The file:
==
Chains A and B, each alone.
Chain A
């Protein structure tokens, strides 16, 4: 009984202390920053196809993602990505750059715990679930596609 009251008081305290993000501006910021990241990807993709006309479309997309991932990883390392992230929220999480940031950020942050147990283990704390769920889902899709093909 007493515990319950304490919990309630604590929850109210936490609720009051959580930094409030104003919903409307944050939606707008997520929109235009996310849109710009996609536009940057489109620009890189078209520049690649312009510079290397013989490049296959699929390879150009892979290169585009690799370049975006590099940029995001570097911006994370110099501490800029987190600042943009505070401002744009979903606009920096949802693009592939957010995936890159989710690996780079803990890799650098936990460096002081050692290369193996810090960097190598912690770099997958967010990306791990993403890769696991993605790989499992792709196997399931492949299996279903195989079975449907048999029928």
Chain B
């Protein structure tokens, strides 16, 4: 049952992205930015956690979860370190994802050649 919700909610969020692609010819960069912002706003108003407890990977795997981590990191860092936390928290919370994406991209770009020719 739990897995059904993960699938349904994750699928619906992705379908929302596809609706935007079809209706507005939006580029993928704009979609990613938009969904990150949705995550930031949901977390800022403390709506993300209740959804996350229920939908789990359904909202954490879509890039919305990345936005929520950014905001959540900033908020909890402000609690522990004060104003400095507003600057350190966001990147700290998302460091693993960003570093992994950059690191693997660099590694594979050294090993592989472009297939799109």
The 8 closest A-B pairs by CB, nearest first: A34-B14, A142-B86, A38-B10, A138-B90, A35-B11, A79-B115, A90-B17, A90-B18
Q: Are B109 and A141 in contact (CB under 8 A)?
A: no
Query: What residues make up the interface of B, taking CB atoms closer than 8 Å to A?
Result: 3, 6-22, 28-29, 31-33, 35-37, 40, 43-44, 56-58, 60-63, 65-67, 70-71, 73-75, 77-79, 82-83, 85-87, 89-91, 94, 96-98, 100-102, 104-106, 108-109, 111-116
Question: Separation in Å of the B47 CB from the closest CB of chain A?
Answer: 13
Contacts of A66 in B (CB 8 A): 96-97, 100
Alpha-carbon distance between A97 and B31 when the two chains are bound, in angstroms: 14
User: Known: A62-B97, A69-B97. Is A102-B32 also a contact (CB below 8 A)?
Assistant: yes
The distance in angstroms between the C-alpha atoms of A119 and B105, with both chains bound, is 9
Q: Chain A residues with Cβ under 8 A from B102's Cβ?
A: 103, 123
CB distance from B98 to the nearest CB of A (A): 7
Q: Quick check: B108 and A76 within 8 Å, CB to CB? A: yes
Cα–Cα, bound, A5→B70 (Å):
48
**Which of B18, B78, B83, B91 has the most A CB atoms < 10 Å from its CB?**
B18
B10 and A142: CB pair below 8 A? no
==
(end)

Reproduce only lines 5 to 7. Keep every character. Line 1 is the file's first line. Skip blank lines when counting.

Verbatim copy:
């Protein structure tokens, strides 16, 4: 049952992205930015956690979860370190994802050649 919700909610969020692609010819960069912002706003108003407890990977795997981590990191860092936390928290919370994406991209770009020719 739990897995059904993960699938349904994750699928619906992705379908929302596809609706935007079809209706507005939006580029993928704009979609990613938009969904990150949705995550930031949901977390800022403390709506993300209740959804996350229920939908789990359904909202954490879509890039919305990345936005929520950014905001959540900033908020909890402000609690522990004060104003400095507003600057350190966001990147700290998302460091693993960003570093992994950059690191693997660099590694594979050294090993592989472009297939799109």
The 8 closest A-B pairs by CB, nearest first: A34-B14, A142-B86, A38-B10, A138-B90, A35-B11, A79-B115, A90-B17, A90-B18
Q: Are B109 and A141 in contact (CB under 8 A)?